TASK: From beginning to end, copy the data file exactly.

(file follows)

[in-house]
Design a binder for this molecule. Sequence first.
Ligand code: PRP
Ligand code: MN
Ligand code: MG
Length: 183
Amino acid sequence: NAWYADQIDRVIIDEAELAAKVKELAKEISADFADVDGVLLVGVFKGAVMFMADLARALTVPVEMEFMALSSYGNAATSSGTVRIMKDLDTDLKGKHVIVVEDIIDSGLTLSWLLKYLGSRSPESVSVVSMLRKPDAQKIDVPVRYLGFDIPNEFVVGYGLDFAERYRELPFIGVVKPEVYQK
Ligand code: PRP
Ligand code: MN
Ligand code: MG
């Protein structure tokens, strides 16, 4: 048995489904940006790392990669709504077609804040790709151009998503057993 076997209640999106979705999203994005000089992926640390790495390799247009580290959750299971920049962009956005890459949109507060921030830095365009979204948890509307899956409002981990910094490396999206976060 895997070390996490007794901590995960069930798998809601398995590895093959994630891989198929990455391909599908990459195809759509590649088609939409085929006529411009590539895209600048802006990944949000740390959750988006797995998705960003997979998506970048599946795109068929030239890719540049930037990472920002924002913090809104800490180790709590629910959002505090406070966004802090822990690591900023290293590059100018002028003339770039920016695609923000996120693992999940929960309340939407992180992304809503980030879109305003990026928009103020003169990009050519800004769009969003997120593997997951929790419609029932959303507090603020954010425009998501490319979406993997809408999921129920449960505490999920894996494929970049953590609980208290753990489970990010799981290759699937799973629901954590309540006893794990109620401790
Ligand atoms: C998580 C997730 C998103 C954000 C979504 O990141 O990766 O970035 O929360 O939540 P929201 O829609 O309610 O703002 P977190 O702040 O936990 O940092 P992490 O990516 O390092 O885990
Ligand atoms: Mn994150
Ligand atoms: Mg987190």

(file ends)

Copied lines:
[in-house]
Design a binder for this molecule. Sequence first.
Ligand code: PRP
Ligand code: MN
Ligand code: MG
Length: 183
Amino acid sequence: NAWYADQIDRVIIDEAELAAKVKELAKEISADFADVDGVLLVGVFKGAVMFMADLARALTVPVEMEFMALSSYGNAATSSGTVRIMKDLDTDLKGKHVIVVEDIIDSGLTLSWLLKYLGSRSPESVSVVSMLRKPDAQKIDVPVRYLGFDIPNEFVVGYGLDFAERYRELPFIGVVKPEVYQK
Ligand code: PRP
Ligand code: MN
Ligand code: MG
């Protein structure tokens, strides 16, 4: 048995489904940006790392990669709504077609804040790709151009998503057993 076997209640999106979705999203994005000089992926640390790495390799247009580290959750299971920049962009956005890459949109507060921030830095365009979204948890509307899956409002981990910094490396999206976060 895997070390996490007794901590995960069930798998809601398995590895093959994630891989198929990455391909599908990459195809759509590649088609939409085929006529411009590539895209600048802006990944949000740390959750988006797995998705960003997979998506970048599946795109068929030239890719540049930037990472920002924002913090809104800490180790709590629910959002505090406070966004802090822990690591900023290293590059100018002028003339770039920016695609923000996120693992999940929960309340939407992180992304809503980030879109305003990026928009103020003169990009050519800004769009969003997120593997997951929790419609029932959303507090603020954010425009998501490319979406993997809408999921129920449960505490999920894996494929970049953590609980208290753990489970990010799981290759699937799973629901954590309540006893794990109620401790
Ligand atoms: C998580 C997730 C998103 C954000 C979504 O990141 O990766 O970035 O929360 O939540 P929201 O829609 O309610 O703002 P977190 O702040 O936990 O940092 P992490 O990516 O390092 O885990
Ligand atoms: Mn994150
Ligand atoms: Mg987190």